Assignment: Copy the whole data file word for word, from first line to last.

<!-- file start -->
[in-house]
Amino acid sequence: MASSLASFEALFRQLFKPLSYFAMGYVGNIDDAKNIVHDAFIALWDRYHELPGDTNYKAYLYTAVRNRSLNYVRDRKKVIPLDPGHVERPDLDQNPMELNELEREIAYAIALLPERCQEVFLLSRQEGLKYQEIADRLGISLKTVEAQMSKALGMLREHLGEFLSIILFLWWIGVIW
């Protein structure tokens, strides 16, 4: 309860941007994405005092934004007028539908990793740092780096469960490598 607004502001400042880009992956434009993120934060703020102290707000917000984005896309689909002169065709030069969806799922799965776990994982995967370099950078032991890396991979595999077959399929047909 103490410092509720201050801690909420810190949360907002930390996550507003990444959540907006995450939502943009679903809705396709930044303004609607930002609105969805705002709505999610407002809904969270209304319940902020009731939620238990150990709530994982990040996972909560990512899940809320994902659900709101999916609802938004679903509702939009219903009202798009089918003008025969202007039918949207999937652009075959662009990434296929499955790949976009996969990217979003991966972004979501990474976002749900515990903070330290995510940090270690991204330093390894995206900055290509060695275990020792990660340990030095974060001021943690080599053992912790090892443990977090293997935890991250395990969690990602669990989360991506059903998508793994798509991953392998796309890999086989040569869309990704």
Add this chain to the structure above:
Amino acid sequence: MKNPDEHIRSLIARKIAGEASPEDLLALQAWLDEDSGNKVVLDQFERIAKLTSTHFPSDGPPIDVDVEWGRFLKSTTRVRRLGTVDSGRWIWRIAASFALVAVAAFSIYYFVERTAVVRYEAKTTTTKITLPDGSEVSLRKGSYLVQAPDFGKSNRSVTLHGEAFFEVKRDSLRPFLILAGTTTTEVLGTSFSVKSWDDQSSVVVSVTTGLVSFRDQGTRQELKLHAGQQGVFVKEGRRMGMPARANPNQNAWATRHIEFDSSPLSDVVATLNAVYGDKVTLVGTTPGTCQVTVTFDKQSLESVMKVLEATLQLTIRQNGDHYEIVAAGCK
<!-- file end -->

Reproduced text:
[in-house]
Amino acid sequence: MASSLASFEALFRQLFKPLSYFAMGYVGNIDDAKNIVHDAFIALWDRYHELPGDTNYKAYLYTAVRNRSLNYVRDRKKVIPLDPGHVERPDLDQNPMELNELEREIAYAIALLPERCQEVFLLSRQEGLKYQEIADRLGISLKTVEAQMSKALGMLREHLGEFLSIILFLWWIGVIW
């Protein structure tokens, strides 16, 4: 309860941007994405005092934004007028539908990793740092780096469960490598 607004502001400042880009992956434009993120934060703020102290707000917000984005896309689909002169065709030069969806799922799965776990994982995967370099950078032991890396991979595999077959399929047909 103490410092509720201050801690909420810190949360907002930390996550507003990444959540907006995450939502943009679903809705396709930044303004609607930002609105969805705002709505999610407002809904969270209304319940902020009731939620238990150990709530994982990040996972909560990512899940809320994902659900709101999916609802938004679903509702939009219903009202798009089918003008025969202007039918949207999937652009075959662009990434296929499955790949976009996969990217979003991966972004979501990474976002749900515990903070330290995510940090270690991204330093390894995206900055290509060695275990020792990660340990030095974060001021943690080599053992912790090892443990977090293997935890991250395990969690990602669990989360991506059903998508793994798509991953392998796309890999086989040569869309990704």
Add this chain to the structure above:
Amino acid sequence: MKNPDEHIRSLIARKIAGEASPEDLLALQAWLDEDSGNKVVLDQFERIAKLTSTHFPSDGPPIDVDVEWGRFLKSTTRVRRLGTVDSGRWIWRIAASFALVAVAAFSIYYFVERTAVVRYEAKTTTTKITLPDGSEVSLRKGSYLVQAPDFGKSNRSVTLHGEAFFEVKRDSLRPFLILAGTTTTEVLGTSFSVKSWDDQSSVVVSVTTGLVSFRDQGTRQELKLHAGQQGVFVKEGRRMGMPARANPNQNAWATRHIEFDSSPLSDVVATLNAVYGDKVTLVGTTPGTCQVTVTFDKQSLESVMKVLEATLQLTIRQNGDHYEIVAAGCK